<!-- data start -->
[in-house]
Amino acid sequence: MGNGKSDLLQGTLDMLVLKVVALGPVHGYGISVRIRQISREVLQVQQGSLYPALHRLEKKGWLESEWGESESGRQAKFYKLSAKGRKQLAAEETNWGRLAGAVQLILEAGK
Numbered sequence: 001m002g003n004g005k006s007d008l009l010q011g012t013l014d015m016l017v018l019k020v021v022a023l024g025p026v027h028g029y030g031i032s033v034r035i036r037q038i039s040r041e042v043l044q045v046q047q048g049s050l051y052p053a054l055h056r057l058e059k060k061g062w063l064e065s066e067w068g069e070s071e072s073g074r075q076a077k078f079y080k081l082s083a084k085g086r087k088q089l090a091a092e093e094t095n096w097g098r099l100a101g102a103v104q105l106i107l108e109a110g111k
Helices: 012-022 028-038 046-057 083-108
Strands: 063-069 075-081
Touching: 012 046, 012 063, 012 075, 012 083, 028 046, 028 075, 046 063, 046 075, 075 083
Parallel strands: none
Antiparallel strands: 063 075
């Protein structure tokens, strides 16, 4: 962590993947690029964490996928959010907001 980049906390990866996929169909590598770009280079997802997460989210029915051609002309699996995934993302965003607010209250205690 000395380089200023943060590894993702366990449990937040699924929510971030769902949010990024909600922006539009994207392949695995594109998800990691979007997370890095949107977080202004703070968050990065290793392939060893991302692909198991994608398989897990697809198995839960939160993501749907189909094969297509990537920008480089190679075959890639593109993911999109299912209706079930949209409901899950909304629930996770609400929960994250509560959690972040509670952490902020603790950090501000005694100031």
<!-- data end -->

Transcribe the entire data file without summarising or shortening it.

[in-house]
Amino acid sequence: MGNGKSDLLQGTLDMLVLKVVALGPVHGYGISVRIRQISREVLQVQQGSLYPALHRLEKKGWLESEWGESESGRQAKFYKLSAKGRKQLAAEETNWGRLAGAVQLILEAGK
Numbered sequence: 001m002g003n004g005k006s007d008l009l010q011g012t013l014d015m016l017v018l019k020v021v022a023l024g025p026v027h028g029y030g031i032s033v034r035i036r037q038i039s040r041e042v043l044q045v046q047q048g049s050l051y052p053a054l055h056r057l058e059k060k061g062w063l064e065s066e067w068g069e070s071e072s073g074r075q076a077k078f079y080k081l082s083a084k085g086r087k088q089l090a091a092e093e094t095n096w097g098r099l100a101g102a103v104q105l106i107l108e109a110g111k
Helices: 012-022 028-038 046-057 083-108
Strands: 063-069 075-081
Touching: 012 046, 012 063, 012 075, 012 083, 028 046, 028 075, 046 063, 046 075, 075 083
Parallel strands: none
Antiparallel strands: 063 075
């Protein structure tokens, strides 16, 4: 962590993947690029964490996928959010907001 980049906390990866996929169909590598770009280079997802997460989210029915051609002309699996995934993302965003607010209250205690 000395380089200023943060590894993702366990449990937040699924929510971030769902949010990024909600922006539009994207392949695995594109998800990691979007997370890095949107977080202004703070968050990065290793392939060893991302692909198991994608398989897990697809198995839960939160993501749907189909094969297509990537920008480089190679075959890639593109993911999109299912209706079930949209409901899950909304629930996770609400929960994250509560959690972040509670952490902020603790950090501000005694100031």